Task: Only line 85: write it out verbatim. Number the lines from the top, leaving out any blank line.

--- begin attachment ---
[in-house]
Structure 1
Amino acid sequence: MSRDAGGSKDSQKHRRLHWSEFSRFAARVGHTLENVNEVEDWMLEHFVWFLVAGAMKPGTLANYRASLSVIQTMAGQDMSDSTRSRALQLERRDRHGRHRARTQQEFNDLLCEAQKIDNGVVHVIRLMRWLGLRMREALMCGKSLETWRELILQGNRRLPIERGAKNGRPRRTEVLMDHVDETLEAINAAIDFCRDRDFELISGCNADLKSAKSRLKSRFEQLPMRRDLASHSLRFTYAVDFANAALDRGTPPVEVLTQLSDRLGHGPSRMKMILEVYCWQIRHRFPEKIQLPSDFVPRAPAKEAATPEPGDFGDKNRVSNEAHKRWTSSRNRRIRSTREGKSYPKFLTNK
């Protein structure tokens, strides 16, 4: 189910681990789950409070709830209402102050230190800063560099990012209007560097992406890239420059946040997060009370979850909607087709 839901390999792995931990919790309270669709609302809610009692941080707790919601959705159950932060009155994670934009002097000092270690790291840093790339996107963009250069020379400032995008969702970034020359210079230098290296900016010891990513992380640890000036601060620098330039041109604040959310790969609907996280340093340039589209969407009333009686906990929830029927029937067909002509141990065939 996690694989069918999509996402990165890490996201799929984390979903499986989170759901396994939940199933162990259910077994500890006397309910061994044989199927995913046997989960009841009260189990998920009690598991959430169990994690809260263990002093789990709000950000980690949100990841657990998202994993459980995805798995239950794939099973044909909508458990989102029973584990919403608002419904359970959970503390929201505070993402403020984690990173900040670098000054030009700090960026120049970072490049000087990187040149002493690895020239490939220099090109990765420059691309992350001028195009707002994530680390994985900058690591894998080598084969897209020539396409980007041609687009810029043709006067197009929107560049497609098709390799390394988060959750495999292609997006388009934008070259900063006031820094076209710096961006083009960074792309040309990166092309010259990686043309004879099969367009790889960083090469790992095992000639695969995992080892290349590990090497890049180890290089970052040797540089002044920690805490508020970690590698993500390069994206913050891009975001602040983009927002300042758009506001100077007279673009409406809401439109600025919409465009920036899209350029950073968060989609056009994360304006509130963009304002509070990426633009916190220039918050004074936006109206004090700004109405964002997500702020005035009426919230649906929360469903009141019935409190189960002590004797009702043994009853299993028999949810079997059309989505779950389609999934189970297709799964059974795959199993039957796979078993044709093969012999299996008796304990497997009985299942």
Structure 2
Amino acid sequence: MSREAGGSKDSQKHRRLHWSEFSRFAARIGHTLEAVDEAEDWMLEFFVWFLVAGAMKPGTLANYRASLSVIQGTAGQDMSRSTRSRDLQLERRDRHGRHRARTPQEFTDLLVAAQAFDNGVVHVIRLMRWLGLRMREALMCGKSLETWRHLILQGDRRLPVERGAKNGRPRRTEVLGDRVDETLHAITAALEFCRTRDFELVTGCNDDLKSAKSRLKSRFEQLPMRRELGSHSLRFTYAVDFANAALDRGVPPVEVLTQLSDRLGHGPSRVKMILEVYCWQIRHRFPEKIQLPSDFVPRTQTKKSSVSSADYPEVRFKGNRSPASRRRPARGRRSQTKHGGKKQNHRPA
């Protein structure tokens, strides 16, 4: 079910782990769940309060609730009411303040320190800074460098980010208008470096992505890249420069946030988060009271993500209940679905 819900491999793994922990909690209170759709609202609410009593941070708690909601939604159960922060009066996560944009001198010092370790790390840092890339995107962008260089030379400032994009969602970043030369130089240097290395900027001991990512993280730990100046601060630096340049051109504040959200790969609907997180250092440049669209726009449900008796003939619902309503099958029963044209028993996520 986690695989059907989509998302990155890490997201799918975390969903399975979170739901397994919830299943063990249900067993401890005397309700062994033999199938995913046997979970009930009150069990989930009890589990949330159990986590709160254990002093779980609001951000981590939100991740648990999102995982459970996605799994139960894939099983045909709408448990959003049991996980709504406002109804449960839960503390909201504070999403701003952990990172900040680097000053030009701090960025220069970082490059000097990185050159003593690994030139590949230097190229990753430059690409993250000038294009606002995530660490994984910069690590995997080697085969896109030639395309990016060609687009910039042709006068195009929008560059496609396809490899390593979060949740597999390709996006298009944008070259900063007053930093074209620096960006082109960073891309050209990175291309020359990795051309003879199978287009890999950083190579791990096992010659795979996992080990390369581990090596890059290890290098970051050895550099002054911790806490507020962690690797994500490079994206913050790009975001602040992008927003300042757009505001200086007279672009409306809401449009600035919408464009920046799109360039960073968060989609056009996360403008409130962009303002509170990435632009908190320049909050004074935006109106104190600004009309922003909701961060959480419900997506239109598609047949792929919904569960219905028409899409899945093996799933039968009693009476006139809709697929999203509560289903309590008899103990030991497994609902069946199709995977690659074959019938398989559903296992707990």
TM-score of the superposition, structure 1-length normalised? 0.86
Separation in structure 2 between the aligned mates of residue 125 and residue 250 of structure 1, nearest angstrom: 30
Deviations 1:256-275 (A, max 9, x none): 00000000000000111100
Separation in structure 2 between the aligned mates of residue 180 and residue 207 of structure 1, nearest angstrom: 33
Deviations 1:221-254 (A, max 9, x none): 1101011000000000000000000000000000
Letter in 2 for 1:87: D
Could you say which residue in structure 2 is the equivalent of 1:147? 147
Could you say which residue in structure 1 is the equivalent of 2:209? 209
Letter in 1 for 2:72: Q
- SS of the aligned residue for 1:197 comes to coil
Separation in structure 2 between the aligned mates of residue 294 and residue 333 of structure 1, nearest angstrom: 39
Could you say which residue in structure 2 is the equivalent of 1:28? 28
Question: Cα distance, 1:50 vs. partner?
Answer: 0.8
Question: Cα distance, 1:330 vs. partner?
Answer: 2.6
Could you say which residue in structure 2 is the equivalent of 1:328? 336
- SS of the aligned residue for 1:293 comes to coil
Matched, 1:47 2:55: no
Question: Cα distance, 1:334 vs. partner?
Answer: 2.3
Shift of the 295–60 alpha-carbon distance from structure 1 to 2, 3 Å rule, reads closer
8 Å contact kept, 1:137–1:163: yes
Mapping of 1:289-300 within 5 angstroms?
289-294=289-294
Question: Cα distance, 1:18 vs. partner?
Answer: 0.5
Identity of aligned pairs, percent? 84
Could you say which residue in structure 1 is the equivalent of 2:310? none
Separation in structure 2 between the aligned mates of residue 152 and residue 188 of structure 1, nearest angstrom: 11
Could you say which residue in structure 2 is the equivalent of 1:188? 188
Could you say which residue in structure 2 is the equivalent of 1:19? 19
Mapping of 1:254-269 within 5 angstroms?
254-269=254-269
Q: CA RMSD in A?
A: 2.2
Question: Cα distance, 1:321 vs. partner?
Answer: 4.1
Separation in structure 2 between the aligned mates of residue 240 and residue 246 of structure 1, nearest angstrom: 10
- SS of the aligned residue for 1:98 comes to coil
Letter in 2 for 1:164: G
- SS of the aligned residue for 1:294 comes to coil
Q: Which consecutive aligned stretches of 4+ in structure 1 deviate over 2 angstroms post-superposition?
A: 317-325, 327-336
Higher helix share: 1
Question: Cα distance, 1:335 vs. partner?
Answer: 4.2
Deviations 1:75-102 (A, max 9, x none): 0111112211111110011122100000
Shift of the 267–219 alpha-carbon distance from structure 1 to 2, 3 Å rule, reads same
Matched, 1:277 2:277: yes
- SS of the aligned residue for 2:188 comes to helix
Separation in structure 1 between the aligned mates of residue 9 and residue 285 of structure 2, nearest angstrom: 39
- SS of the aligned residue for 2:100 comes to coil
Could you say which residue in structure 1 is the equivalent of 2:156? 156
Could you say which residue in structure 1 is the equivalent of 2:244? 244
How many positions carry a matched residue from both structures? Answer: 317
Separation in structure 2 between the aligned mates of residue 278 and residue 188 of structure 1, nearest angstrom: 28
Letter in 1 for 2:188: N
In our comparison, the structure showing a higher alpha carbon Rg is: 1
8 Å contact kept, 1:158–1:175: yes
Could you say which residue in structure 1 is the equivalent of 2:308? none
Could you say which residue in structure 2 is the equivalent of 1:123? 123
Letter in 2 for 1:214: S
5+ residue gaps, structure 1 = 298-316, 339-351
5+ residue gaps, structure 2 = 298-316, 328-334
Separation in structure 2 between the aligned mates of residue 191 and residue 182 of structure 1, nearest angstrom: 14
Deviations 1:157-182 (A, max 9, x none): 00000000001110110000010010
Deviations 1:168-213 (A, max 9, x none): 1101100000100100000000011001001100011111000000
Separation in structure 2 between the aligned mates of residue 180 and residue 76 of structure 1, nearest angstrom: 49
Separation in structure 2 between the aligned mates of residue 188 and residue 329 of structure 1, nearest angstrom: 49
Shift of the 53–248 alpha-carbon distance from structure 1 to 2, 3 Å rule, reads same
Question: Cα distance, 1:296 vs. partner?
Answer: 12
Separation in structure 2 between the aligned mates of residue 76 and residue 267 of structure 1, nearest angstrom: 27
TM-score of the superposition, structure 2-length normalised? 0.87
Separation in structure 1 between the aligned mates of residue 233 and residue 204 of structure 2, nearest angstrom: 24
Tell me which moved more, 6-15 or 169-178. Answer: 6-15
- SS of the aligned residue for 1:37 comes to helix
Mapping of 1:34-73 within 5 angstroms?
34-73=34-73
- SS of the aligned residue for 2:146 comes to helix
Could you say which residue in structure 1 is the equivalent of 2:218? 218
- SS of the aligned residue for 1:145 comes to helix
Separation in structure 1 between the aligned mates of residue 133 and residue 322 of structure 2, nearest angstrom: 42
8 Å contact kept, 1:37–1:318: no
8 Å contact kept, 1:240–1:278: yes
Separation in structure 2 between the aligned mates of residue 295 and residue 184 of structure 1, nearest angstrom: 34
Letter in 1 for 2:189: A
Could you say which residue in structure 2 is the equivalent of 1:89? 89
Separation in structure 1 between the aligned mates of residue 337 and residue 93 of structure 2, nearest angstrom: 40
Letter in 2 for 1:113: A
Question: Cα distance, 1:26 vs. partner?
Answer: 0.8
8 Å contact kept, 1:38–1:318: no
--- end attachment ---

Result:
- SS of the aligned residue for 1:37 comes to helix